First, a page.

To be considered for the clinical study on the new drug Ataluren, originally called PTC124, CF patients “must know their genetic mutation,” said Teaneck resident Dr. Jay Barth, executive director of clinical development at PTC Therapeutics, Inc., the South Plainfield-based company that is beginning Phase III trials for the new drug. Barth, a Teaneck resident, explained that “many patients already know their mutation. If not, they have to have genetic testing.” Patients who carry at least one copy of a nonsense mutation (see below) may qualify. Also, patients must be at least six years of age, and have lung functioning within a certain range.
Cystic fibrosis can be caused by many different forms of mutations in the CFTR gene. The CFTR gene makes a protein that normally handles the movement of salt across membranes and the secretion of fluids and mucous. Since fluid management and mucous play important roles in many critical organs, CF can affect the lungs, liver, pancreas, reproductive structures, and sweat glands.
In the cells, genetic instructions normally direct the ribosomes – cellular protein factories – how to assemble proteins. Some mutations change genes so that a dysfunctional protein is made. Nonsense mutations are stop signals that are located in the middle of a gene; they cause the production of protein to be interrupted prematurely, so a shortened protein is made. Ataluren is a chemical that can help ribosomes ignore the stop signal and complete the protein. When the normal protein is made, normal functioning throughout the body can be restored. If this approach works, Ataluren could essentially cure the disease in patients with the nonsense mutation.
|Dr. Jay Barth|
“About 10 percent of CF mutations are due to nonsense mutations,” said Barth. However, within Ashkenazi Jewish CF patients, up to 60 percent of mutations are nonsense mutations.
A three-month Phase II study, led by Drs. Eitan Kerem and Michael Wilschanski and their colleagues, was conducted at Hadassah Medical Center in 2008. The results of the study, published in The Lancet, suggested that many patients had improved salt transport in their tissues. “Hadassah was always a leader in CF research, in particular because of the high percentage of nonsense mutations in the population there,” said Barth. “They are one of the sites in the Phase III study.”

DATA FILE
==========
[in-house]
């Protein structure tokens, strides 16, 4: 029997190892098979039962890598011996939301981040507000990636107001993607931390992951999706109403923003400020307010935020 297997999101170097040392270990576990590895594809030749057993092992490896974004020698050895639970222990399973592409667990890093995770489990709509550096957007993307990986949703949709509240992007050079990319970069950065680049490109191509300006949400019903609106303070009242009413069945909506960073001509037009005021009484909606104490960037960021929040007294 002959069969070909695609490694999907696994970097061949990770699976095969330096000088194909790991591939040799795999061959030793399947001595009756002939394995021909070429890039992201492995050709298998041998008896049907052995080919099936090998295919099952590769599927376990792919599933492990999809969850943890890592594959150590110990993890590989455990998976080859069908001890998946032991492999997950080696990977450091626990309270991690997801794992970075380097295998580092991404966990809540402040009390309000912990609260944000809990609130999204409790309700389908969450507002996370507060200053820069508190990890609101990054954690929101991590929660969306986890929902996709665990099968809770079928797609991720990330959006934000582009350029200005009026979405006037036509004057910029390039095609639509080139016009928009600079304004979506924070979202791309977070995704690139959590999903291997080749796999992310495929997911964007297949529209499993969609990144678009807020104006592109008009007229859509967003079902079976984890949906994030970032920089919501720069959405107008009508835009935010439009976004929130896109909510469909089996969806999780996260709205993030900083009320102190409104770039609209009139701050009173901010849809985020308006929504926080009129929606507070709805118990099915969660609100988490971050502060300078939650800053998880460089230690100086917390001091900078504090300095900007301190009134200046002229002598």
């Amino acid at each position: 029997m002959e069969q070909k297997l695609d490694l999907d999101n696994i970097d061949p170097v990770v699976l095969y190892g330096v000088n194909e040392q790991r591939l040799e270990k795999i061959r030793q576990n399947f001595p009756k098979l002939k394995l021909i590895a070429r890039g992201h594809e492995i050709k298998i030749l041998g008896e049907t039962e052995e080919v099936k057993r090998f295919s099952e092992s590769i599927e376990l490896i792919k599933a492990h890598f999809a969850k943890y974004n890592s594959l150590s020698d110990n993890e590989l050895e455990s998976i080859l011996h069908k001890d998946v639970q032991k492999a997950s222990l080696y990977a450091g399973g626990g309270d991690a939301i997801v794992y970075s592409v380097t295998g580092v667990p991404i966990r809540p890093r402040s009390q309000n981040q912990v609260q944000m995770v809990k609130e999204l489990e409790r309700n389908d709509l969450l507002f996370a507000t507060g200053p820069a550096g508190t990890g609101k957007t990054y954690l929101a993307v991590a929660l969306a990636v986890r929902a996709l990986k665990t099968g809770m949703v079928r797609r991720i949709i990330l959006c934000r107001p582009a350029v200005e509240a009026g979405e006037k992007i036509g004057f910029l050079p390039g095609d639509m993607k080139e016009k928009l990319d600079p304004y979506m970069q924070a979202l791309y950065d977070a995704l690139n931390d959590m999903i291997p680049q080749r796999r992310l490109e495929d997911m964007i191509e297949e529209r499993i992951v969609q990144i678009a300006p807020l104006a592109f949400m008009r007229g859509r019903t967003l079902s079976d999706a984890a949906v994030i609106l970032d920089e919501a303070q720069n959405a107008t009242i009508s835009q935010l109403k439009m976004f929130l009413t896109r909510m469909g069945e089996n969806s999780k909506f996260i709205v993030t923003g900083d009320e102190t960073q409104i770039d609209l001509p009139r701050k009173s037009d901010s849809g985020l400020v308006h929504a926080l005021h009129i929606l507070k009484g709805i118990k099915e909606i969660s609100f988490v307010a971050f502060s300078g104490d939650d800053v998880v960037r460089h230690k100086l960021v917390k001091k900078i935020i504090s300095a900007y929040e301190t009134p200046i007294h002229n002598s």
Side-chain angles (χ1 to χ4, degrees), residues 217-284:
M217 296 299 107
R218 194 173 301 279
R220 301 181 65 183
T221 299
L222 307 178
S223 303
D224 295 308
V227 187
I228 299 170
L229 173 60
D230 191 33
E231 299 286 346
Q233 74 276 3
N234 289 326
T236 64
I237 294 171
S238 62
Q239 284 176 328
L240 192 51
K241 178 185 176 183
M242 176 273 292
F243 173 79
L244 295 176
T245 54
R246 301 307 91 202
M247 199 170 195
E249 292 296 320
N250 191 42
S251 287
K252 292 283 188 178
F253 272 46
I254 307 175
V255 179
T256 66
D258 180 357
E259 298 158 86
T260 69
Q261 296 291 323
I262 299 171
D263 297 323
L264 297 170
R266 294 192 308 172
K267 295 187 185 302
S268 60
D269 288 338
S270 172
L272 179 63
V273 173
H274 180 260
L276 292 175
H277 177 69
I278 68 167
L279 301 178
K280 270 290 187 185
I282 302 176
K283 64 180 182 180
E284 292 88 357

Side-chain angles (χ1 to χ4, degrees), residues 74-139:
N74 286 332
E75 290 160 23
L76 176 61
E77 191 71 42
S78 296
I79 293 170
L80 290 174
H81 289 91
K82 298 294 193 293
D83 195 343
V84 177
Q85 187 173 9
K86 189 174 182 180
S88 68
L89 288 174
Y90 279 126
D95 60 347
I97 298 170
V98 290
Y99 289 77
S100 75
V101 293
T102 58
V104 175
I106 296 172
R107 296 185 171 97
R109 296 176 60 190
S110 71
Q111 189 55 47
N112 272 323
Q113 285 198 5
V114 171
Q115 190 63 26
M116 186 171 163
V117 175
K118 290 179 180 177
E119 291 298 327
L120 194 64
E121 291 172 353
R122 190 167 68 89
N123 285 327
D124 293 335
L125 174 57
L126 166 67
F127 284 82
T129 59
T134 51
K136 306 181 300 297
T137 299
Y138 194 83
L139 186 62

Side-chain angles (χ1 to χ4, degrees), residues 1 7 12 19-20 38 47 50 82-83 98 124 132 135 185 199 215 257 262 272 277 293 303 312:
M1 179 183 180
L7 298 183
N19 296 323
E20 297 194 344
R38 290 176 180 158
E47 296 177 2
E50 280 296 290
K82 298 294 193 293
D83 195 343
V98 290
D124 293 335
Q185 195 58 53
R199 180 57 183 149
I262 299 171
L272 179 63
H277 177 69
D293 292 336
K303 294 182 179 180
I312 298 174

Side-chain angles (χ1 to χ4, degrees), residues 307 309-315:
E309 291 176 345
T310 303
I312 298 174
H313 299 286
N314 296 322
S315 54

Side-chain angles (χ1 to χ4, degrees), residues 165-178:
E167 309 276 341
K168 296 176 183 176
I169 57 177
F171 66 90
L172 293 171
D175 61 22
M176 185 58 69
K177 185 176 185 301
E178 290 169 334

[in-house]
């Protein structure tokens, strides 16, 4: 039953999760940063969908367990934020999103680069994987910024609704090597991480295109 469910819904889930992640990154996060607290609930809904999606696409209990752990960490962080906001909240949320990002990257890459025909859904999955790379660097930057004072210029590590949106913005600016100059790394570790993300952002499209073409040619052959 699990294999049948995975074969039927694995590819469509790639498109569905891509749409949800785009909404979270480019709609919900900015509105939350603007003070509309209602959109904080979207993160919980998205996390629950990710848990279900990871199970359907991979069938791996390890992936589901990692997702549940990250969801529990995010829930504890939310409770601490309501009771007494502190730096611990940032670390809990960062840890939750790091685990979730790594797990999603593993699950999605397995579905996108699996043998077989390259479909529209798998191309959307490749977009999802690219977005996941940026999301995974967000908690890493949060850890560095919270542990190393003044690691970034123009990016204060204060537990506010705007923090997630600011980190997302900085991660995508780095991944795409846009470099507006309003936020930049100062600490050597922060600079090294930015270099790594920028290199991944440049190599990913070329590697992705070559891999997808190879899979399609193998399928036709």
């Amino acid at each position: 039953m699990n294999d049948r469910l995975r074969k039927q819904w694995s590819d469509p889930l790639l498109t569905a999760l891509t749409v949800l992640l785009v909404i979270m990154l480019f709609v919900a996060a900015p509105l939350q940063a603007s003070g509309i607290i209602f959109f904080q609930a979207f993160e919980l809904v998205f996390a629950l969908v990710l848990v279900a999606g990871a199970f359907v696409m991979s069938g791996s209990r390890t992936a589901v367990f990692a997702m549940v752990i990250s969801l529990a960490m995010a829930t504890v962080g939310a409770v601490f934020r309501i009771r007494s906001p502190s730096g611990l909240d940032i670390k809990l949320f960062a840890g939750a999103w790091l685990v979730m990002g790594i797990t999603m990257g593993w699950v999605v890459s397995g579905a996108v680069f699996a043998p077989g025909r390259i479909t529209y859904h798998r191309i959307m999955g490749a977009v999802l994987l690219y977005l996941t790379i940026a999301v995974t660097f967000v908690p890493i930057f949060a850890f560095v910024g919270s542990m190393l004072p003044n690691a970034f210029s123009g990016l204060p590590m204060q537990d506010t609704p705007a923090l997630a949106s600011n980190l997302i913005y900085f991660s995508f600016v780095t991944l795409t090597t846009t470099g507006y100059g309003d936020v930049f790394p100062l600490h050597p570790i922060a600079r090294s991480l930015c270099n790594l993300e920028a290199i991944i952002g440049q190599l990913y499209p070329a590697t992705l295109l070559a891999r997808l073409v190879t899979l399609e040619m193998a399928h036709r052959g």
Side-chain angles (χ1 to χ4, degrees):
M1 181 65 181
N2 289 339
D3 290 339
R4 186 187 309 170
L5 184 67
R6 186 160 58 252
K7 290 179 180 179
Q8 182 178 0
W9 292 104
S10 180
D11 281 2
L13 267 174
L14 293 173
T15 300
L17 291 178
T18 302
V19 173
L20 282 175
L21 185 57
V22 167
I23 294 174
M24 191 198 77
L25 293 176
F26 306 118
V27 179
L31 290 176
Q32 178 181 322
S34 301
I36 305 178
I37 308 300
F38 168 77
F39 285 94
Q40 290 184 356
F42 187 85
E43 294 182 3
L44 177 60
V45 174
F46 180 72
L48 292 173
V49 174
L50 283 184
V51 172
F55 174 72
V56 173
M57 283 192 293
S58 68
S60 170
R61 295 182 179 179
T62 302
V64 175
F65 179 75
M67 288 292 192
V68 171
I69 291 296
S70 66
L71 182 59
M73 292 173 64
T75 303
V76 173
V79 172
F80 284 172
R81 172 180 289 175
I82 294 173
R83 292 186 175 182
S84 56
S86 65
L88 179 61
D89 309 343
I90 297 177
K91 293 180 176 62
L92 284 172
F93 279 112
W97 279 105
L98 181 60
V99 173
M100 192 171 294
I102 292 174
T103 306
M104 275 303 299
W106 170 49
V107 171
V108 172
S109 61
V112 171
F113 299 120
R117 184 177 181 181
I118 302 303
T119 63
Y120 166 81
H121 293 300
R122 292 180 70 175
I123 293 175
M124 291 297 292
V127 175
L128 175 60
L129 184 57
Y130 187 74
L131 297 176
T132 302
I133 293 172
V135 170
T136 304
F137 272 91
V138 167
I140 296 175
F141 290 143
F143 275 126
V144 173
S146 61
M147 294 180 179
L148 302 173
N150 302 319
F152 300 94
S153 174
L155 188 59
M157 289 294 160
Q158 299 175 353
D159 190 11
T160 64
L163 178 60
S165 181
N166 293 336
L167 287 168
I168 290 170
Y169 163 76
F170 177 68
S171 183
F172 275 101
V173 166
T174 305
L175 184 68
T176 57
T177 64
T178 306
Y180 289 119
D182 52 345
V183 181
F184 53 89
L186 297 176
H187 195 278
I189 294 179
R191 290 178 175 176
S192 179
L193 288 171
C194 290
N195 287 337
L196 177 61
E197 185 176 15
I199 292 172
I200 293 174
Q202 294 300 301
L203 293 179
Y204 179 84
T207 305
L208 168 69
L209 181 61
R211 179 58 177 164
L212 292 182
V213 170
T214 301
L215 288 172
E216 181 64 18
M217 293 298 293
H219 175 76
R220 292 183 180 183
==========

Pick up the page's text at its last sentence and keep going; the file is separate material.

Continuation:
“There are numerous sites in the U.S., Europe, and Israel that are actively recruiting for the Phase III study,” said Barth. Children’s Hospital in Pittsburgh is taking applications and Saint Vincent’s Hospital in Manhattan is planning to participate, although it has not started recruitment yet. Other sites are planned for Westchester and New Jersey, but they have not been finalized.
During the trial, patients will take the drug three times a day in powder form, mixed with water, juice, or milk. The drug is absorbed through the digestive system, enters the blood stream, and goes everywhere in the body, targeting the production of protein by ribosomes affected by nonsense mutations.
The double-blind randomized trial will involve dividing the patients into two groups – one of which will receive the drug and the other a placebo for 48 weeks. Barth explained that after the initial study there will be an “open label extension study where all patients who choose to may continue for another year on the drug.” If proven to be effective in correcting cystic fibrosis due to nonsense mutation, the drug would have to be taken for the rest of the patient’s life. Research has shown that the drug is generally well tolerated with few side effects and very high patient compliance (up to 99 percent of patients continue to take it).
Barth explained that numerous other diseases are caused by nonsense mutations in other genes, and they might also be helped by Ataluren. There have been clinical trials of Ataluren for Duchenne muscular dystrophy caused by nonsense mutations, and there are also studies under way for hemophilia caused by nonsense mutations. Barth said that an estimated 15 percent of all patients with 7,000 rare genetic disorders have nonsense mutations, and many of those patients could be helped by this novel therapeutic drug.
“This gives hope of treating a disease that, until now, there has been nothing to treat the underlying cause,” said Barth. He noted that there are other types of drugs being developed that may be useful for other types of mutations. “Science is advancing and hopefully there will be several different treatments for CF,” Barth said.
Information on PTC Therapeutics and Ataluren clinical trials can be found at www.ptcbio.com. For more information, call Diane Goetz, patient advocate, at (866) 282-5873. Information on clinical trials can be found at www.clinicaltrials.gov.